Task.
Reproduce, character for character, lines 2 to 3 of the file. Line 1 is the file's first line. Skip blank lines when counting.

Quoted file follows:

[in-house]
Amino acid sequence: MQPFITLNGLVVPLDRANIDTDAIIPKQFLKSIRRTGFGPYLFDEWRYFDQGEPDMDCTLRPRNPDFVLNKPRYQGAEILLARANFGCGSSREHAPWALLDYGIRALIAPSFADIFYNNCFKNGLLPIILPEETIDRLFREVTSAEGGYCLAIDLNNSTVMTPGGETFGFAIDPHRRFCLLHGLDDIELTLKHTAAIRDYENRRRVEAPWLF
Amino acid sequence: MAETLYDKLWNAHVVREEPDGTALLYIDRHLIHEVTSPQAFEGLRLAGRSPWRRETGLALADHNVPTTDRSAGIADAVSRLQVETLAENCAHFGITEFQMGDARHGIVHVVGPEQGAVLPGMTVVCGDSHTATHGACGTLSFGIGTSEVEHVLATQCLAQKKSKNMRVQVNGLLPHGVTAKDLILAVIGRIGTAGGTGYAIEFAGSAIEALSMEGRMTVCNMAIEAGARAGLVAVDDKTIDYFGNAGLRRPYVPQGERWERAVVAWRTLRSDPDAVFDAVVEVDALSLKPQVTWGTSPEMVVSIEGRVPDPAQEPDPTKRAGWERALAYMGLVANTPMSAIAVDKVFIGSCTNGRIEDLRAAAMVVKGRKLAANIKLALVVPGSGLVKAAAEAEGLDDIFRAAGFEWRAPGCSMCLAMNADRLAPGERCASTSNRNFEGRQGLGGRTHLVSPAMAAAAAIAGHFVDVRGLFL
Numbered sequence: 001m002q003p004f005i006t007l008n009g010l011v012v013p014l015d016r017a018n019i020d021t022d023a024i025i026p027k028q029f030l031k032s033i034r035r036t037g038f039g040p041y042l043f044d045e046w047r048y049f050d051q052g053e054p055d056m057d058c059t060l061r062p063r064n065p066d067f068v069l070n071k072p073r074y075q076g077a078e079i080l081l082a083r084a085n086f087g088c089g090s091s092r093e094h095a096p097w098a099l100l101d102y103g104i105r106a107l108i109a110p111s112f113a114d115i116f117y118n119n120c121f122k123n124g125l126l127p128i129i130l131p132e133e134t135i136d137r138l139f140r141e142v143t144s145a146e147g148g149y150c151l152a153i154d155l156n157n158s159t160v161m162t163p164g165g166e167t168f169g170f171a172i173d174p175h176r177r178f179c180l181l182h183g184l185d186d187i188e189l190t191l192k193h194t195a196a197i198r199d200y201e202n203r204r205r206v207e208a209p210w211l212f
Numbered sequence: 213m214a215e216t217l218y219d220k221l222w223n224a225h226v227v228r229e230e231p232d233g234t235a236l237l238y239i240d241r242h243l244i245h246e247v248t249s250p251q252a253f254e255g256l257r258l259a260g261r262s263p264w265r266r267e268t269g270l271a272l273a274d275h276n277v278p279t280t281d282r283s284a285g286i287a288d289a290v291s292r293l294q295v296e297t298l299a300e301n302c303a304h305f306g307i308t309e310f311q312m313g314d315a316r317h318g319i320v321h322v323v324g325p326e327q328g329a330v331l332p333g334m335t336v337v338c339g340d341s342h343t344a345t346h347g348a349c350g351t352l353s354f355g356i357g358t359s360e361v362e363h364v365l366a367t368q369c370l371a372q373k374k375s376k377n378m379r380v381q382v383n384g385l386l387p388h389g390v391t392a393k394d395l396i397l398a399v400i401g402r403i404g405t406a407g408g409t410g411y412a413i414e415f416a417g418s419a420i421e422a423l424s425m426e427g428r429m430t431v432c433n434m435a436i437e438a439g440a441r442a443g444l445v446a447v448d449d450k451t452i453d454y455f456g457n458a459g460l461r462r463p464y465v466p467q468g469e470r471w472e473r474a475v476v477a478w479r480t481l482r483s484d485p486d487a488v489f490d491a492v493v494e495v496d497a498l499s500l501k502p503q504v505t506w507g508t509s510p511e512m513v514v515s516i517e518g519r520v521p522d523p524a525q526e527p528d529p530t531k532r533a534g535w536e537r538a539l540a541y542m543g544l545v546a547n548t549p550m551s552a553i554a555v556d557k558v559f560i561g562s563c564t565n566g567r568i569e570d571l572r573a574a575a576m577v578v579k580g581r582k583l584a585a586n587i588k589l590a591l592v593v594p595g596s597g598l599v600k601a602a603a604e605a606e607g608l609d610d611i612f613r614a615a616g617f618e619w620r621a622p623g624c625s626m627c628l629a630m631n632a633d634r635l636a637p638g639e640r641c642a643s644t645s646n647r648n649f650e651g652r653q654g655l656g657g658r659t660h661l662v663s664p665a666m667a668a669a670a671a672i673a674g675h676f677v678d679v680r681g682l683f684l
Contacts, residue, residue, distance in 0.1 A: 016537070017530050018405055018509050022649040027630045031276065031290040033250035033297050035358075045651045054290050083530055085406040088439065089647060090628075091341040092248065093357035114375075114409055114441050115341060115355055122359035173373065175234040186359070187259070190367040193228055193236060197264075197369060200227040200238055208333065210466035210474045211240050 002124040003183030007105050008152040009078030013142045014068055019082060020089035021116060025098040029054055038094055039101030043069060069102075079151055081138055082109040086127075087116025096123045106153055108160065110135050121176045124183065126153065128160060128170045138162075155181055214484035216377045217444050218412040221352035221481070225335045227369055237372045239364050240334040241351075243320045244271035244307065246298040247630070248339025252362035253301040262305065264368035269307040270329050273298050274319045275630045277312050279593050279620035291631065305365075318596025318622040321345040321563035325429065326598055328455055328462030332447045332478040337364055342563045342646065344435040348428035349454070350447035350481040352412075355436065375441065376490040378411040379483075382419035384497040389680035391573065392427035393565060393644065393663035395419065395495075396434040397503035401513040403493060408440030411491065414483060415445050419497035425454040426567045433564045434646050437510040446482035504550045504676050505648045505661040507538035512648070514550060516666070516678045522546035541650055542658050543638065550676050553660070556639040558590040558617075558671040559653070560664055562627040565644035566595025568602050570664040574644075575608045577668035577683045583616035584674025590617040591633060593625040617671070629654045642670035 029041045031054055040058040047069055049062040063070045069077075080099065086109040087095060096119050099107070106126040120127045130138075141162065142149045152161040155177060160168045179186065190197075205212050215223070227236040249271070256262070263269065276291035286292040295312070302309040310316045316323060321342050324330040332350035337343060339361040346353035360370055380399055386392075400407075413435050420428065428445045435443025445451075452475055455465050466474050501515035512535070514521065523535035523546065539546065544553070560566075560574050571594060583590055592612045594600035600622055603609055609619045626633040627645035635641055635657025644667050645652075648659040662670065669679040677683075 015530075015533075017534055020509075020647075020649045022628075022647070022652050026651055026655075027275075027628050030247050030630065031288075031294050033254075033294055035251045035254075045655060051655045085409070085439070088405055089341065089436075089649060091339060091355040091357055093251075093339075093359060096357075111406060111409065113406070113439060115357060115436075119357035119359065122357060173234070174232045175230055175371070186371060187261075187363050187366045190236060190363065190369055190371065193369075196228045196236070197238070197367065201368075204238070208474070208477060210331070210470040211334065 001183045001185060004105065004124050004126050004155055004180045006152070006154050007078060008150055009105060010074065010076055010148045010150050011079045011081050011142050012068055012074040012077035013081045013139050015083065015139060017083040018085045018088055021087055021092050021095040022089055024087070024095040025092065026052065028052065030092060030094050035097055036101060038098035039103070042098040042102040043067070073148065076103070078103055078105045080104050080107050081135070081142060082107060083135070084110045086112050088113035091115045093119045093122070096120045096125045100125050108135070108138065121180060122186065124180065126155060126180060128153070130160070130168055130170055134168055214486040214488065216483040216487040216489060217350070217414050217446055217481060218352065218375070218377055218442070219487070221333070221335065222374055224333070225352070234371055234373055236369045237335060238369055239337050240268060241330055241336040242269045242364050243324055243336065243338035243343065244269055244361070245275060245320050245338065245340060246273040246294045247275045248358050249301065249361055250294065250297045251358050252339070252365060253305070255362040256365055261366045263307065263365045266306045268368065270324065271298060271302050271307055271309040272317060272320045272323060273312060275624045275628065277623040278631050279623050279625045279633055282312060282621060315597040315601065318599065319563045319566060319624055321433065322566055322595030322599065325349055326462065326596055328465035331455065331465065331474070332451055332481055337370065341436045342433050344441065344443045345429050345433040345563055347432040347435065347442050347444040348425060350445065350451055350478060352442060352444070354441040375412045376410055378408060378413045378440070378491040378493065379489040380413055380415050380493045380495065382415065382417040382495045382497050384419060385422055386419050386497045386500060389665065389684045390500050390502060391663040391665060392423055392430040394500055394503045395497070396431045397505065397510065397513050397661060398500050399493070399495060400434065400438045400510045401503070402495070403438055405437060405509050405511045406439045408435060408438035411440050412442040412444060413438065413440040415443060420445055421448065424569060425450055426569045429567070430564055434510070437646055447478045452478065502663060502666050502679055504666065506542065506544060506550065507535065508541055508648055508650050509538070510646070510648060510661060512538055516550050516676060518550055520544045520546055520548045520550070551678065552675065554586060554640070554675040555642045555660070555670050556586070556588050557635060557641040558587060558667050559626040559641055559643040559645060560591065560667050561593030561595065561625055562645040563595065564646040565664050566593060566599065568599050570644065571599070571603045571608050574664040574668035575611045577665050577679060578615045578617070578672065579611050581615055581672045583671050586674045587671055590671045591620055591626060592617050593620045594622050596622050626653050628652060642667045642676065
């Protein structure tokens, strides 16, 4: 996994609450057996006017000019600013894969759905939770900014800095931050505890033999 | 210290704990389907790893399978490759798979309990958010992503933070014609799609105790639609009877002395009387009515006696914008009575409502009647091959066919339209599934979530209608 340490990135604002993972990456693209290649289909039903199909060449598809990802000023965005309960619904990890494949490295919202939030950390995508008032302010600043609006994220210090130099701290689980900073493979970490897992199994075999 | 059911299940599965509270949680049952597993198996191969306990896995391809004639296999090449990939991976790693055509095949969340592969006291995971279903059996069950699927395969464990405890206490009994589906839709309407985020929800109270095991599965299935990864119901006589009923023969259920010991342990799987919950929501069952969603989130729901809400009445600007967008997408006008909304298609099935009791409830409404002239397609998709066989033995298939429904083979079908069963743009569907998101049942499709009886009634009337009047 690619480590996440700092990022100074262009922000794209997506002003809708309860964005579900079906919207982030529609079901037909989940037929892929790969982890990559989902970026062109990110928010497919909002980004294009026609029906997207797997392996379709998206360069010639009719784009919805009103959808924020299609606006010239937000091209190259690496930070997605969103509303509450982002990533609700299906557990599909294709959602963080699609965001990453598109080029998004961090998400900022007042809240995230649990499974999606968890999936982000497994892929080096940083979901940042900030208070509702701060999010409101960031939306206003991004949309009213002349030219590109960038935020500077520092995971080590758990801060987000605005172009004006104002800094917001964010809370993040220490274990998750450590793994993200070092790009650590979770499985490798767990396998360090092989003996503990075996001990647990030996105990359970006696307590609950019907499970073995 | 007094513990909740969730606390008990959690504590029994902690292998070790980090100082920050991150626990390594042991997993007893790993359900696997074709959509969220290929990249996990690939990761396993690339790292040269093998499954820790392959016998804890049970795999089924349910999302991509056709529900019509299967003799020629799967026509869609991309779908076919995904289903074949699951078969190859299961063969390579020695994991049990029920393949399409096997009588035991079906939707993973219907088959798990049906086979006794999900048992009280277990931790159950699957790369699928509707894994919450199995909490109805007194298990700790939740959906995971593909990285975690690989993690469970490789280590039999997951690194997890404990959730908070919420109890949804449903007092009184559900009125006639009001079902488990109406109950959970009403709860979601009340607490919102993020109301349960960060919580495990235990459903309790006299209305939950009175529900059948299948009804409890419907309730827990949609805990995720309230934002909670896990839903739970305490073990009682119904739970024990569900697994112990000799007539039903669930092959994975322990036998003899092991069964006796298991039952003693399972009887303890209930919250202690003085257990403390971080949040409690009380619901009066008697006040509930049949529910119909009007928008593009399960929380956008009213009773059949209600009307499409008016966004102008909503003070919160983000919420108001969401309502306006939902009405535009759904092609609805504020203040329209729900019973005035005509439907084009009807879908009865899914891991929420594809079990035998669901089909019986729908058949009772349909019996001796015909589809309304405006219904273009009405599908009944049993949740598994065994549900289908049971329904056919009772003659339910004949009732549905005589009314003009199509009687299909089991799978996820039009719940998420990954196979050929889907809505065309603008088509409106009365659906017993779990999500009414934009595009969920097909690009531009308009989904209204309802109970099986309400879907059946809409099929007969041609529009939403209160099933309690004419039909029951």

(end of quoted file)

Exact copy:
Amino acid sequence: MQPFITLNGLVVPLDRANIDTDAIIPKQFLKSIRRTGFGPYLFDEWRYFDQGEPDMDCTLRPRNPDFVLNKPRYQGAEILLARANFGCGSSREHAPWALLDYGIRALIAPSFADIFYNNCFKNGLLPIILPEETIDRLFREVTSAEGGYCLAIDLNNSTVMTPGGETFGFAIDPHRRFCLLHGLDDIELTLKHTAAIRDYENRRRVEAPWLF
Amino acid sequence: MAETLYDKLWNAHVVREEPDGTALLYIDRHLIHEVTSPQAFEGLRLAGRSPWRRETGLALADHNVPTTDRSAGIADAVSRLQVETLAENCAHFGITEFQMGDARHGIVHVVGPEQGAVLPGMTVVCGDSHTATHGACGTLSFGIGTSEVEHVLATQCLAQKKSKNMRVQVNGLLPHGVTAKDLILAVIGRIGTAGGTGYAIEFAGSAIEALSMEGRMTVCNMAIEAGARAGLVAVDDKTIDYFGNAGLRRPYVPQGERWERAVVAWRTLRSDPDAVFDAVVEVDALSLKPQVTWGTSPEMVVSIEGRVPDPAQEPDPTKRAGWERALAYMGLVANTPMSAIAVDKVFIGSCTNGRIEDLRAAAMVVKGRKLAANIKLALVVPGSGLVKAAAEAEGLDDIFRAAGFEWRAPGCSMCLAMNADRLAPGERCASTSNRNFEGRQGLGGRTHLVSPAMAAAAAIAGHFVDVRGLFL